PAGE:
For the photo critique, I chose James Nachtwey’s photo essay of the Syrian refugees entering the EU done for Time magazine. I reviewed Nachtwey’s online portfolio for the photojounralism course last spring, and was sufficiently compelled by his work that when I saw he’d done an assignment on the refugee crisis, I clicked immediately.
I will confess up front that I’m partial to black and white photography. I find I’m far more visually interested in shape and texture than in color. As such, Nachtwey’s photos are a natural draw for me. Beyond that, though, I’m affected by his intense focus on humanity. The photo essay for Time is comprised of 29 images, and only two are detail shots without people.
In this essay, he leads with the image of a man standing on the bow of a beached boat, waving his life jacket high above his head to signal another incoming boat. This image leads immediately into a shot of people crowded into a rubber boat, clearly celebrating their safe arrival. The selection of these two images feels to me like an emphasis on the isolation these people feel leaving their homes, even in the middle of cramped conditions, but also the joint humanity. So many of the images show refugees aiding one another and families clinging together.
The fifth image, of two women helping an older woman navigate the rocks and boulders on the beach in Lesbos illustrates this, and it’s followed by another photo of a lone figure, another woman, sitting next to a raft, ostensibly catching her breath. It’s oddly comforting to see so many women represented in these photos, given that I so frequently see images of male refugees, or at least families with men included. The tenth image, of a woman getting off a raft with her leather handbag in one hand and a garbage bag full of her belongings in the other, is particularly compelling for its familiarity. I bring a large handbag to the movies to sneak food in, she’s bringing hers across thousands of miles to escape terror and persecution.
The later images of migrants traversing vast empty fields continues the journey in a highly effective manner. For me, seeing the 19th image of a man carrying his son while dragging a Bauer bag behind him, something I’ve seen a hundred times watching the Avalanche pre-game but always carried by wealthy athletes in tailored suits, was . The sequence at the rail station, with people hanging out of or climbing onto trains and guards shouting at them draws a direct parallel with the anti-refugee narrative in the United States. Every time I hear any pundits or presidential candidates arguing against allowign Syrian refugees, all I can see is photo 25, with the guard screaming so loud in the middle of a crowd of migrants you can see the veins bulding on his forehead.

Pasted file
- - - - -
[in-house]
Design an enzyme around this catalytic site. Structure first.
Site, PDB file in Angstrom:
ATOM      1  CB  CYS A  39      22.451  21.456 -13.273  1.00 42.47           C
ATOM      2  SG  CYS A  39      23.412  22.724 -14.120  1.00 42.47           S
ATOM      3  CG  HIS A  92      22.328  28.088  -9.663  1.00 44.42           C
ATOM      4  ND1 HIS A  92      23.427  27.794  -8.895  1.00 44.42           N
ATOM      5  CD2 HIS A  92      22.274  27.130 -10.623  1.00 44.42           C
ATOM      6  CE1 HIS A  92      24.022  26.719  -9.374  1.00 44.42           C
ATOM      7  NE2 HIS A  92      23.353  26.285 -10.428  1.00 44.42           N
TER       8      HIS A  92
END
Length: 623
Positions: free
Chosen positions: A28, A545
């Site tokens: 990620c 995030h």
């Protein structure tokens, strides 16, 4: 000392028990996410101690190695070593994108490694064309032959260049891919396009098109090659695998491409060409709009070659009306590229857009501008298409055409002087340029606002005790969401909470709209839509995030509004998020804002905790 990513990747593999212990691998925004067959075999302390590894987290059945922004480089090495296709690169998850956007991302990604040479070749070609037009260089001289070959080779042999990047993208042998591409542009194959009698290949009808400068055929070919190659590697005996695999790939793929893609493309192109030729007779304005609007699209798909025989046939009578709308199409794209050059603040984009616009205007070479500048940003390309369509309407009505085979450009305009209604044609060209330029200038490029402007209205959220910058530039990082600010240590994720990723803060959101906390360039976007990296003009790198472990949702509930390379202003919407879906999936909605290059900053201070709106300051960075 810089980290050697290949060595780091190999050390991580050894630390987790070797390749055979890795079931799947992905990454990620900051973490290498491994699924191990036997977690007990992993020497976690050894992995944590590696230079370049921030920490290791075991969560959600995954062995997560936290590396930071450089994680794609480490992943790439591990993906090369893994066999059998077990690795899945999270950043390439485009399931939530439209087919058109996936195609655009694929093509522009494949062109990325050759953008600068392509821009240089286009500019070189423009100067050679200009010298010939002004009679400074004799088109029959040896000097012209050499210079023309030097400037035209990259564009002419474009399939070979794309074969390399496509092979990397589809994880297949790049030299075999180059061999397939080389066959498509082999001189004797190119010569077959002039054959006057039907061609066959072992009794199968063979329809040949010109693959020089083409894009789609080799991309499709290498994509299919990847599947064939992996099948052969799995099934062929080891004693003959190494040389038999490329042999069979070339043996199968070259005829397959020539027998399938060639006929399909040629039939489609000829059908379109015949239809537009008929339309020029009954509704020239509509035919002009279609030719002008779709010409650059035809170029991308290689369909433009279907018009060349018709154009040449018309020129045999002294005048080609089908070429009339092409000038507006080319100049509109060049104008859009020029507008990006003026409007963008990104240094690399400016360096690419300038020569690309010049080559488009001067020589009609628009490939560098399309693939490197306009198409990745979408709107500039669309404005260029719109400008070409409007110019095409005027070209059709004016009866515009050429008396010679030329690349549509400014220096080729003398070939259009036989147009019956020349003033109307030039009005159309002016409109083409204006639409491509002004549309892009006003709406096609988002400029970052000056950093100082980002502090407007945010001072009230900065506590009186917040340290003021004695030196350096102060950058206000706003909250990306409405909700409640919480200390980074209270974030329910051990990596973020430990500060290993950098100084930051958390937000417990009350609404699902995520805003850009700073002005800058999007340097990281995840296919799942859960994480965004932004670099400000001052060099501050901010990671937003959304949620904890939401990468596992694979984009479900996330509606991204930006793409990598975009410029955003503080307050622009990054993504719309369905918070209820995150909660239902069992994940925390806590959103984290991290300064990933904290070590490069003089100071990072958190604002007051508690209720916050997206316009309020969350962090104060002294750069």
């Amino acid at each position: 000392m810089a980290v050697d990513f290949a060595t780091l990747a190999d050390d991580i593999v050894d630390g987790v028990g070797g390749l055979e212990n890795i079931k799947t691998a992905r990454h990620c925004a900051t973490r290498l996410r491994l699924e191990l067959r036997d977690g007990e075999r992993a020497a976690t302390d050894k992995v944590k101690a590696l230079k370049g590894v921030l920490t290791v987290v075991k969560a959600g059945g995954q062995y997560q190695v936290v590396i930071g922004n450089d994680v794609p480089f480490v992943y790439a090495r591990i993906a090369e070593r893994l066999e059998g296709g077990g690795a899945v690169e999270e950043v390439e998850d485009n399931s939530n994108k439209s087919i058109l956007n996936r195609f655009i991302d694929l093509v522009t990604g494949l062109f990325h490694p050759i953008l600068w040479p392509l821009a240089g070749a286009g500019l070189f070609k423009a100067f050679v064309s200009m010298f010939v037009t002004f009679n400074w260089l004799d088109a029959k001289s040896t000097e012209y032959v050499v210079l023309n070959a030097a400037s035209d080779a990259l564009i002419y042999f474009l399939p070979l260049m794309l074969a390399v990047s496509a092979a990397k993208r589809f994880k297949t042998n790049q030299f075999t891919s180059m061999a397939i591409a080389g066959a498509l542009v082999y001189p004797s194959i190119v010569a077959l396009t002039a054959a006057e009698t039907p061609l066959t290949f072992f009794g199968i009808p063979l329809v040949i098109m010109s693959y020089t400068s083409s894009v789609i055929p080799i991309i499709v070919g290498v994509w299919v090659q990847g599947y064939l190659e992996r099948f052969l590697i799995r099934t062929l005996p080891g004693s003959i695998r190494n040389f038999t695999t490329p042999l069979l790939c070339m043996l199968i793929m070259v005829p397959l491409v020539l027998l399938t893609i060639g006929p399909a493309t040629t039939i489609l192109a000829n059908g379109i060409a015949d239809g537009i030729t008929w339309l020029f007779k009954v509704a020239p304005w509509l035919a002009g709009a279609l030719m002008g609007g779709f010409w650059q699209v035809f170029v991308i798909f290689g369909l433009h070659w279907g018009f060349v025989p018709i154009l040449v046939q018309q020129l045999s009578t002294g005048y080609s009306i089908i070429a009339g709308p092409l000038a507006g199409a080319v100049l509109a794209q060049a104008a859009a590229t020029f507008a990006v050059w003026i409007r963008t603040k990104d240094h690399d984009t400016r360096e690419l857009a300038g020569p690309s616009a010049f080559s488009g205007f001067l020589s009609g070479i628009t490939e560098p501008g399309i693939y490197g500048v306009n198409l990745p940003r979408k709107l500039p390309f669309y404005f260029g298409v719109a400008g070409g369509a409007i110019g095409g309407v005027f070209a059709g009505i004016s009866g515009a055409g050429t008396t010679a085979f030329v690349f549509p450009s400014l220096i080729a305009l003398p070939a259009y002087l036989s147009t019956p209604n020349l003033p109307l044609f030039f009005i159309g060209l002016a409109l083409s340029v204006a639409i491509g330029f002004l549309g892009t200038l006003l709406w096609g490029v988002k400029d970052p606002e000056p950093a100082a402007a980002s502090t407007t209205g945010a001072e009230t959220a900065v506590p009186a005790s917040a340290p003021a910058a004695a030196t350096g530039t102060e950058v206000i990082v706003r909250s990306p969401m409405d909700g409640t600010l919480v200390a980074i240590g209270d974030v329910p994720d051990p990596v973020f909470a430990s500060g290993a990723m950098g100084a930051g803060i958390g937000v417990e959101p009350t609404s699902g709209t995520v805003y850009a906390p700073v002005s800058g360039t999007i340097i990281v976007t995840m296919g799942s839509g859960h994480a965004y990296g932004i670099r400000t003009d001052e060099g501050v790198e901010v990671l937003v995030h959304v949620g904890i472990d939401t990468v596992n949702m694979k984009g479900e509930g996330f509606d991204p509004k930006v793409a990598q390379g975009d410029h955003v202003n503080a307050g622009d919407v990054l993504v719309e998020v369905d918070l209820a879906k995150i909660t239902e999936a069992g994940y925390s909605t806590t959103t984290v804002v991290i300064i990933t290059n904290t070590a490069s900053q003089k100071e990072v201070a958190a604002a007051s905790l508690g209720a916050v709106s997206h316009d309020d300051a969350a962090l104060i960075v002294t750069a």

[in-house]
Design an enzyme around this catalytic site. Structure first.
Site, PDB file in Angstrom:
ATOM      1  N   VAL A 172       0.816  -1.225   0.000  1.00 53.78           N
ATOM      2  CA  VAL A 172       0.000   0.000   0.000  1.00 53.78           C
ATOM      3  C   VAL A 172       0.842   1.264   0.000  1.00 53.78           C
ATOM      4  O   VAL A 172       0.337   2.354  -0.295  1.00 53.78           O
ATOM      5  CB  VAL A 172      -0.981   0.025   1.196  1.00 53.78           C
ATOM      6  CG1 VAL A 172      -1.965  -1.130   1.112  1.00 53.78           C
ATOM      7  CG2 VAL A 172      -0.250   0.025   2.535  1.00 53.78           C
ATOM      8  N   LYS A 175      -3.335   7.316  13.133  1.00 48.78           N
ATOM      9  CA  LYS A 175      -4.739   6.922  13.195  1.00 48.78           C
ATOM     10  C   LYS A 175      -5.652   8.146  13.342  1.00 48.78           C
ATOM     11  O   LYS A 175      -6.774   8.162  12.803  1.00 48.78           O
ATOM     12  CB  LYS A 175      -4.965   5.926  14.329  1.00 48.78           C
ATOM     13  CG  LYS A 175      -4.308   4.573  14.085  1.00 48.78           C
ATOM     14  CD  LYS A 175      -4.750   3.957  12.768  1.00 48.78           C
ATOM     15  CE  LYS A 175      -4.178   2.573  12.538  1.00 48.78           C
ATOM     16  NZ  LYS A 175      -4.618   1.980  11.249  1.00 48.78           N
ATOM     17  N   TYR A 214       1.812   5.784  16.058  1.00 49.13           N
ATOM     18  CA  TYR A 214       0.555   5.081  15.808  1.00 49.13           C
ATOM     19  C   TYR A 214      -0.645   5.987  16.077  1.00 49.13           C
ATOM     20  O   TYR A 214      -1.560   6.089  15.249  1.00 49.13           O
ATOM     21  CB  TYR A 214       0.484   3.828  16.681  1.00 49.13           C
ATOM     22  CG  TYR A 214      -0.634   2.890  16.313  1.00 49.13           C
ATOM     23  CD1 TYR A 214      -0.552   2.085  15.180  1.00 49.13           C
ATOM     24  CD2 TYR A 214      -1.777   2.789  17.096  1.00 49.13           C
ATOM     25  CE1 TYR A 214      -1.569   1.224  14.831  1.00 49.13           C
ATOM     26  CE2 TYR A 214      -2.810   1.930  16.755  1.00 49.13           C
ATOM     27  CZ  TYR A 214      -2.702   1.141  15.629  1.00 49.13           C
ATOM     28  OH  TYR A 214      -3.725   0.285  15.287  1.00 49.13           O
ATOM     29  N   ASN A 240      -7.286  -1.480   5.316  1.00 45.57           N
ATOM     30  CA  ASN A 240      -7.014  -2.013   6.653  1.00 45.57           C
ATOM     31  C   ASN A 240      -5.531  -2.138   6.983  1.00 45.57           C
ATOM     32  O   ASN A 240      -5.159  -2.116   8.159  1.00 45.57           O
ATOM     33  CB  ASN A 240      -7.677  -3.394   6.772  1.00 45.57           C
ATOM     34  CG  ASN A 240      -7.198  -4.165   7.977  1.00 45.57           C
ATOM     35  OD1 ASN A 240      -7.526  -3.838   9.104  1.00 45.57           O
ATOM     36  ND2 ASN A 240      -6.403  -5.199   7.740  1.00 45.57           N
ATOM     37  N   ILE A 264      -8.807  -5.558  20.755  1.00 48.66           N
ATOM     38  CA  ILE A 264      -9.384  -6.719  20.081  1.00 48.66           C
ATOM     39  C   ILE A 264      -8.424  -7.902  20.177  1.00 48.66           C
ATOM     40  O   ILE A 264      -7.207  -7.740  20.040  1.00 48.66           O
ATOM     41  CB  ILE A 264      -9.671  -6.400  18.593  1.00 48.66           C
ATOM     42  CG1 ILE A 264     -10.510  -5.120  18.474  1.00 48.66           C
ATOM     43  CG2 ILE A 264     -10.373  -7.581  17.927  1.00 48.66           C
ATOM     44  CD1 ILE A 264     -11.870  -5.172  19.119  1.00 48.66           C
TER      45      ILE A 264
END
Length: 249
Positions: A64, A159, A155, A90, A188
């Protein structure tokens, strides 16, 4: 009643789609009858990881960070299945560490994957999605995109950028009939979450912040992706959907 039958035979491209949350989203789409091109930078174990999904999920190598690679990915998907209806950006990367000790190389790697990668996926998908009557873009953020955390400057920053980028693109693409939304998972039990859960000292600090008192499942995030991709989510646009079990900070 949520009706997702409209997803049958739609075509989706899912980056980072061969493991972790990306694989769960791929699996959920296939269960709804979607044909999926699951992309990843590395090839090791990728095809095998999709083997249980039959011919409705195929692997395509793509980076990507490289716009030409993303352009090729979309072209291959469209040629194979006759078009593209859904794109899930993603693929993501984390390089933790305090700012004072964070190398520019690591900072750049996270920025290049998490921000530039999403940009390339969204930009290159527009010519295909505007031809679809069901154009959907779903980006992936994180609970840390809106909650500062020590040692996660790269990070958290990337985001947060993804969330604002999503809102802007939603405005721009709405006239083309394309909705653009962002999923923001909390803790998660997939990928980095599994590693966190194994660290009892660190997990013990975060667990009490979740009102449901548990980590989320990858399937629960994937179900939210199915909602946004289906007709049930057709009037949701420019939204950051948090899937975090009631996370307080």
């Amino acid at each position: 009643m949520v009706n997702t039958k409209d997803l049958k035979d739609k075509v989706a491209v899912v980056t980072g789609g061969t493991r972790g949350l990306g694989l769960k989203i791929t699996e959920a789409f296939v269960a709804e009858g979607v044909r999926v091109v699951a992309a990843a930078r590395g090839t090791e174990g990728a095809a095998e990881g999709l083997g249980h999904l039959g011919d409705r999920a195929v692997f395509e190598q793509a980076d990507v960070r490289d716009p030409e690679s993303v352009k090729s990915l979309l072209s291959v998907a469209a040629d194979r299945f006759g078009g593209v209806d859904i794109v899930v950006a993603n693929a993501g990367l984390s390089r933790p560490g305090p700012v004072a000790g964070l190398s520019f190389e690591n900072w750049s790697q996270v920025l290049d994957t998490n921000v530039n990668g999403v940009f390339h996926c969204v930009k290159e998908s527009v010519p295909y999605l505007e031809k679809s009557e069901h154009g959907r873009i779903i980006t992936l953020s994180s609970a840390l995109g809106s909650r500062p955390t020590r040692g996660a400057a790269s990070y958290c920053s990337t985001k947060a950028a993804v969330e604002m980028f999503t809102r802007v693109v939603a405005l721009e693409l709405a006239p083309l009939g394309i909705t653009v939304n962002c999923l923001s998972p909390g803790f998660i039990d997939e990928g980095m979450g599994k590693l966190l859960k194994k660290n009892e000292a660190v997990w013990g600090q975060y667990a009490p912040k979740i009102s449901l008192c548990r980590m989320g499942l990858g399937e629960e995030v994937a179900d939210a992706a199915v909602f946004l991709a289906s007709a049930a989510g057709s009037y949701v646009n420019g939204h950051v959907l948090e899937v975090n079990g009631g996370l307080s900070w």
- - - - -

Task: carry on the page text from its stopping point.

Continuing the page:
I can’t honestly come up with much in the way of criticism, here. I’m already a fan of Nachtwey’s work, and I’m nowhere near a point professionally where I can even begin to point out mistakes. It’s a very “I’m not worthy” moment. What I can say is that Nachtwey’s ability to elicit empathy and humanity without resorting to sensationalism is moving. His use of black and white photography muffles the distraction of the larger world and forces you to focus on the faces and subtle expressions of the people he’s photographing.
The Student Press Law Center does a lot with a little
September 21, 2015
Art meets STEM at the TinkerMill
August 31, 2015
What the Frac - Chelsea Thompson of NOAA talks air quality and fracking emissions